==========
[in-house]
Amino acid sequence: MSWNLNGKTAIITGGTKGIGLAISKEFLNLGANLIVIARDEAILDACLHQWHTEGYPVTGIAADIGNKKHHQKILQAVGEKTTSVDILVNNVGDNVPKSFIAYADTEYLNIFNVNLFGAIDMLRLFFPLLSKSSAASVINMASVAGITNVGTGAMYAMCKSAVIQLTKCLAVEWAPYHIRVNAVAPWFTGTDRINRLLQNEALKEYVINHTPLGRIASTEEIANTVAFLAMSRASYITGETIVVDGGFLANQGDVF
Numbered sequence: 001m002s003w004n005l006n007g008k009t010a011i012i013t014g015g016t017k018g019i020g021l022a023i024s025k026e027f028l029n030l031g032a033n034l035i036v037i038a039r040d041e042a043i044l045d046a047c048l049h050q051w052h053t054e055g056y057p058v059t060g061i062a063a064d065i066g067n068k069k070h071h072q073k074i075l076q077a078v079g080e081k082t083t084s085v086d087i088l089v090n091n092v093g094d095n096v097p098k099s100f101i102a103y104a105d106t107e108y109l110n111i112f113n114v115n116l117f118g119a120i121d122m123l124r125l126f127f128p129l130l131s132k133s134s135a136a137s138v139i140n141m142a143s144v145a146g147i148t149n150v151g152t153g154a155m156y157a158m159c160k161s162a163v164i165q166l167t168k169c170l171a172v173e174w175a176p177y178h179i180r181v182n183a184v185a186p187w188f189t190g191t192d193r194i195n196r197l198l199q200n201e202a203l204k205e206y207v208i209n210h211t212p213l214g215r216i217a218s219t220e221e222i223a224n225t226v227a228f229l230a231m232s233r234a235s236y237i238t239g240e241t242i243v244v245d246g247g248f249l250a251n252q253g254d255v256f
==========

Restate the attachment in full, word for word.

[in-house]
Amino acid sequence: MSWNLNGKTAIITGGTKGIGLAISKEFLNLGANLIVIARDEAILDACLHQWHTEGYPVTGIAADIGNKKHHQKILQAVGEKTTSVDILVNNVGDNVPKSFIAYADTEYLNIFNVNLFGAIDMLRLFFPLLSKSSAASVINMASVAGITNVGTGAMYAMCKSAVIQLTKCLAVEWAPYHIRVNAVAPWFTGTDRINRLLQNEALKEYVINHTPLGRIASTEEIANTVAFLAMSRASYITGETIVVDGGFLANQGDVF
Numbered sequence: 001m002s003w004n005l006n007g008k009t010a011i012i013t014g015g016t017k018g019i020g021l022a023i024s025k026e027f028l029n030l031g032a033n034l035i036v037i038a039r040d041e042a043i044l045d046a047c048l049h050q051w052h053t054e055g056y057p058v059t060g061i062a063a064d065i066g067n068k069k070h071h072q073k074i075l076q077a078v079g080e081k082t083t084s085v086d087i088l089v090n091n092v093g094d095n096v097p098k099s100f101i102a103y104a105d106t107e108y109l110n111i112f113n114v115n116l117f118g119a120i121d122m123l124r125l126f127f128p129l130l131s132k133s134s135a136a137s138v139i140n141m142a143s144v145a146g147i148t149n150v151g152t153g154a155m156y157a158m159c160k161s162a163v164i165q166l167t168k169c170l171a172v173e174w175a176p177y178h179i180r181v182n183a184v185a186p187w188f189t190g191t192d193r194i195n196r197l198l199q200n201e202a203l204k205e206y207v208i209n210h211t212p213l214g215r216i217a218s219t220e221e222i223a224n225t226v227a228f229l230a231m232s233r234a235s236y237i238t239g240e241t242i243v244v245d246g247g248f249l250a251n252q253g254d255v256f